16-bit characters (as in Unicode
) is enough to represent
any single language
. What it isn't enough to do is represent all languages at the same time, enabling you to mix various asian languages
in the same document
(1). In order to facilitate this, the asians use so called shift codes
) - some values in the strings that would normally contain character codes are defined to be an escape
. When this escape comes, the next values are read from the string and combined to find the actual character to use. This allows an arbitary number of bits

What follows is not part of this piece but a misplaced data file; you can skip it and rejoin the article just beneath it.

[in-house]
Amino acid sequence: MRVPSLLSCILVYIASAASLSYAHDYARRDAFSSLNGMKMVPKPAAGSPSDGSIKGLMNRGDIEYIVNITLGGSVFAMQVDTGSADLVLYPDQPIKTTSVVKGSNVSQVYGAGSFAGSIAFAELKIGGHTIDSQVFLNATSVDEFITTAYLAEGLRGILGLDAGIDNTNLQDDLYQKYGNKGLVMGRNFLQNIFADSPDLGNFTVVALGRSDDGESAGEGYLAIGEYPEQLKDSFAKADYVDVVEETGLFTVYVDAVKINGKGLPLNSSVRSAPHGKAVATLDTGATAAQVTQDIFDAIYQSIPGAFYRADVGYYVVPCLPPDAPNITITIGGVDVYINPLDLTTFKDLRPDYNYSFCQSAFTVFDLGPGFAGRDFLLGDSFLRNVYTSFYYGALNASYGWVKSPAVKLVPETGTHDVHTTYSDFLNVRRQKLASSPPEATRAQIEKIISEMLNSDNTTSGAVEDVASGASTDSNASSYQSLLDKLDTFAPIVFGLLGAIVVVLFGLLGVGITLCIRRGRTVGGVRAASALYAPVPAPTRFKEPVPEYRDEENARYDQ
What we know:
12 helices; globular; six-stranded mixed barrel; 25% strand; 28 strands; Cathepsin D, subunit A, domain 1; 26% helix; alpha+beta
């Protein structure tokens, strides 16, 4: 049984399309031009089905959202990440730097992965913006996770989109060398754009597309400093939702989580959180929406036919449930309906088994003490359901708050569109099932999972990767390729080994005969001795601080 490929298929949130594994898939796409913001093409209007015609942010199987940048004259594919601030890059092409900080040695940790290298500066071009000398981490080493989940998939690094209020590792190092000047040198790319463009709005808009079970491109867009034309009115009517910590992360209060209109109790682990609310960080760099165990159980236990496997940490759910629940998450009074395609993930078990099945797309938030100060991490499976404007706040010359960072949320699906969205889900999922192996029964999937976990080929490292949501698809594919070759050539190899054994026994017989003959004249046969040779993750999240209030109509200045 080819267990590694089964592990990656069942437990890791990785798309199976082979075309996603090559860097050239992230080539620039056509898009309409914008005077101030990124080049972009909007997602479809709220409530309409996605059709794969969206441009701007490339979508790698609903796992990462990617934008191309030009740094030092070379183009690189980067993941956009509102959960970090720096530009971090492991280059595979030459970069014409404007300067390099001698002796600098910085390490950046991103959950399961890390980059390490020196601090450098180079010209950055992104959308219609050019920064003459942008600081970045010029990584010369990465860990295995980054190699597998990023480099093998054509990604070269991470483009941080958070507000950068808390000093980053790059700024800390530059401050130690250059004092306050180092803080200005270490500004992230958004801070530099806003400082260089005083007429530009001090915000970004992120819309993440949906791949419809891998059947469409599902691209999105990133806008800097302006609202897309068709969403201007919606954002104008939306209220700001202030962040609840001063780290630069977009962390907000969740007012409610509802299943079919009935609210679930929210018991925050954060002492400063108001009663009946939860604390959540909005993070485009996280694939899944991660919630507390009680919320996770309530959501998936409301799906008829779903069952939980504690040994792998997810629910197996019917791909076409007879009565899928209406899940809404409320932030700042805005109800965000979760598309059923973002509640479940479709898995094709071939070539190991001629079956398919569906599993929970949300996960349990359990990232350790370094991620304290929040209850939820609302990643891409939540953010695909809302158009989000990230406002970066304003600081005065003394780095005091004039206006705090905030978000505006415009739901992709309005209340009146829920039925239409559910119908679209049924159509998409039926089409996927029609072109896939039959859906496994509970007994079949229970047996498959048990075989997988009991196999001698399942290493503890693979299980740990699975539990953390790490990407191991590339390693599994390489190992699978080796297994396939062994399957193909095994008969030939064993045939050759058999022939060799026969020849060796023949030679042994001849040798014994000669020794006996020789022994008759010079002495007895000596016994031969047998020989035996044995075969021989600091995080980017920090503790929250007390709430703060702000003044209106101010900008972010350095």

, but is a pain to program with.
(1) If I remember correctly, there is an extra constraint, too: People are unwilling to have the same glyph (graphical symbol) encode to the same value when it has different semantic meanings. If we were encoding english to one value per word, that would be the same as wanting a different value for the to in "Go to London" and the to in "To be or not to be."